Jacob's well was there, and Jesus, tired as he was from the journey, sat down by the well. It was about the sixth hour. When a Samaritan woman came to draw water, Jesus said to her, "Will you give me a drink?" (His disciples had gone into the town to buy food.) The Samaritan woman said to him, "You are a Jew and I am a Samaritan woman. How can you ask me for a drink?" (For Jews do not associate with Samaritans.) Jesus answered her, "If you knew the gift of God and who it is that asks you for a drink, you would have asked him and he would have given you living water." - John 4: 6 - 10 (NIV)

Your response...

How can you practice the art of receiving today?

At various church events, we often talk about the Guidelines for Mutuality. One of the guidelines is about practicing self-focus.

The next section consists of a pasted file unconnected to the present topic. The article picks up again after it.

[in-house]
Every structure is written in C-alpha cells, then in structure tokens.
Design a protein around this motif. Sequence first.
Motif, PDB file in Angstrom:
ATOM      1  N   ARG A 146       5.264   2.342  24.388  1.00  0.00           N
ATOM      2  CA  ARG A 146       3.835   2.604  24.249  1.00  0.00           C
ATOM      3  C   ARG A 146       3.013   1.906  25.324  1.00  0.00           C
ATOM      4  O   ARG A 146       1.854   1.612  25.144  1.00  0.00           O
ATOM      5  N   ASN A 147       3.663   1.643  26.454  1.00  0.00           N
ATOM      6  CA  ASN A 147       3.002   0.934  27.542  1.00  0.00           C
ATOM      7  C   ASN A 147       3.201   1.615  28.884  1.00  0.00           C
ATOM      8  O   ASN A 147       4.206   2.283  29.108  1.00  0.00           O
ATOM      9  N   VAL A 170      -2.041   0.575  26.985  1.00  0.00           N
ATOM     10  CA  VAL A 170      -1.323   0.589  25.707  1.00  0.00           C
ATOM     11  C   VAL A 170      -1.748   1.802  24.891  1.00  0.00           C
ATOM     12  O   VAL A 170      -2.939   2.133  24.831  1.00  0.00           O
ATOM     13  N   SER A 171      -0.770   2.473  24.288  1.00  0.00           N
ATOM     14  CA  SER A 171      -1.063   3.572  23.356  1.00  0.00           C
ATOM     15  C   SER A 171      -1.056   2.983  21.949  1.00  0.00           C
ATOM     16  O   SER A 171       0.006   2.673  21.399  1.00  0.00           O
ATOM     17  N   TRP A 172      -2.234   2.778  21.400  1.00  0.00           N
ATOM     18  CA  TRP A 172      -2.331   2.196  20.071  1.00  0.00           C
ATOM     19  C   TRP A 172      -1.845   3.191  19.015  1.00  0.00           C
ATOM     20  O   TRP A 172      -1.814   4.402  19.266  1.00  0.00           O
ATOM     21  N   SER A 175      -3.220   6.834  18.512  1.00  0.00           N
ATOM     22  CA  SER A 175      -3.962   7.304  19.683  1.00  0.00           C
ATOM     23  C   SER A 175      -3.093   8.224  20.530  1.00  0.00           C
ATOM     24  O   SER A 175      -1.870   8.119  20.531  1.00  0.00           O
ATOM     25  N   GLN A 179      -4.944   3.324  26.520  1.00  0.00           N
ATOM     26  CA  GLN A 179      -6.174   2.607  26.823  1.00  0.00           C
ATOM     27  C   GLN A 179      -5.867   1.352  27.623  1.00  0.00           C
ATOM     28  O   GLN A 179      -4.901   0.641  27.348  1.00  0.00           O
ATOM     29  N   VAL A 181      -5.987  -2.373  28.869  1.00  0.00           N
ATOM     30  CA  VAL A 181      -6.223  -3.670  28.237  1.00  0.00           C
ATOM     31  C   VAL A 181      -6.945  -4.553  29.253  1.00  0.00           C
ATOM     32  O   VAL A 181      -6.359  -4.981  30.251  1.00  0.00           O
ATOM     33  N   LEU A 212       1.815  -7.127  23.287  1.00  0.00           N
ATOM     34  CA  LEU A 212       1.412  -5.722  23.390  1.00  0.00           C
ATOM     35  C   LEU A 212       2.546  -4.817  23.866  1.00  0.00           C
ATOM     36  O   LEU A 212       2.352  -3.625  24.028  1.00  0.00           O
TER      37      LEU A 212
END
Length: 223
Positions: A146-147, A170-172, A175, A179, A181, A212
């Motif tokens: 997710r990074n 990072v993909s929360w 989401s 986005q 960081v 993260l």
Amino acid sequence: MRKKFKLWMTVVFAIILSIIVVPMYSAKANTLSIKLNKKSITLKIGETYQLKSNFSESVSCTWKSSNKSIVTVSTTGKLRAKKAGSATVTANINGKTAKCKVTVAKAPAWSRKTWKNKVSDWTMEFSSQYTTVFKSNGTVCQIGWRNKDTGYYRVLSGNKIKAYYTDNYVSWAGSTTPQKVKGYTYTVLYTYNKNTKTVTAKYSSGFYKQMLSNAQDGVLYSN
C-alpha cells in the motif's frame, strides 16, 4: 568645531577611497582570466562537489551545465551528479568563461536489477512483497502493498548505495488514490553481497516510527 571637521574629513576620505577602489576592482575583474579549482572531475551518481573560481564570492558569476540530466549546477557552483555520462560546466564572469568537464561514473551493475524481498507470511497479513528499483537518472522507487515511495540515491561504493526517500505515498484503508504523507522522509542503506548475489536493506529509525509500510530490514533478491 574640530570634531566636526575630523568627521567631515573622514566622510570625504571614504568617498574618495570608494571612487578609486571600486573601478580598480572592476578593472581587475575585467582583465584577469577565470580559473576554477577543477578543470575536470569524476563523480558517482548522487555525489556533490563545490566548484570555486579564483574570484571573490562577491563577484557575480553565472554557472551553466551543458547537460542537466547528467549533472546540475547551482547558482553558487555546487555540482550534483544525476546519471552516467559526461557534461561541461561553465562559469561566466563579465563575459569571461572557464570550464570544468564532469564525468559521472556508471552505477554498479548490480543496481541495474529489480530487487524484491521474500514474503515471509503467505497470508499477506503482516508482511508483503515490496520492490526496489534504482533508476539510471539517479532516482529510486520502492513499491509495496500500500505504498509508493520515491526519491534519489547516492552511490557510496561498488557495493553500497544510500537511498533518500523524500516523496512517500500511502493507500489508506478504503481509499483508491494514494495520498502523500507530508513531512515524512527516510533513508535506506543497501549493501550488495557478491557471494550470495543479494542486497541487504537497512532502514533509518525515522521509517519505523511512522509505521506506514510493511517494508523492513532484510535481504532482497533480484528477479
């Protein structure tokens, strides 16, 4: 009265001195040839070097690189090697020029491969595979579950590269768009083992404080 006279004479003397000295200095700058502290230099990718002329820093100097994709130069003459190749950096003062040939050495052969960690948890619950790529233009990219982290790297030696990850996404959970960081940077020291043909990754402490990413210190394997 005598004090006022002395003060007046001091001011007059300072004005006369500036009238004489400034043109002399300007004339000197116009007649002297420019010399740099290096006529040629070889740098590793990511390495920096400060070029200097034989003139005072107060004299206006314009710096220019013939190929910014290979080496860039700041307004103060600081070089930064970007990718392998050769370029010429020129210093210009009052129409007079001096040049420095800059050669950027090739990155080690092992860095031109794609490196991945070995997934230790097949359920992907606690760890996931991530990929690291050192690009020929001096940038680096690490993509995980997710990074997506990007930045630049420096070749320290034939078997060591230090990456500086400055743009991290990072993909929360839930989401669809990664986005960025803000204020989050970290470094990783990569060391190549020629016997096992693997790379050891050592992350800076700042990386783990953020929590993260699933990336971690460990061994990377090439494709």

When we are practicing self-focus and noticing a feeling of fear, anger, or loss, we might want to literally say “ouch” to alert the group to the impact that some words or actions are having on us.

This came to mind as I read the daily reflection. “Ouch”. Most of the people in my family are much better at showing appreciation when they receive a gift. I’m not as good at it as they are. Yet our house is filled with gifts I’ve given and received that have remained unused.

I think of this also in terms of the gifts God gives us. Do we use those gifts? Do we offer ourselves with these gifts as gifts to others? How are our gifts to our communities received?

I think of that as I pray about my meeting at the end of the day, and all I can say is “ouch.”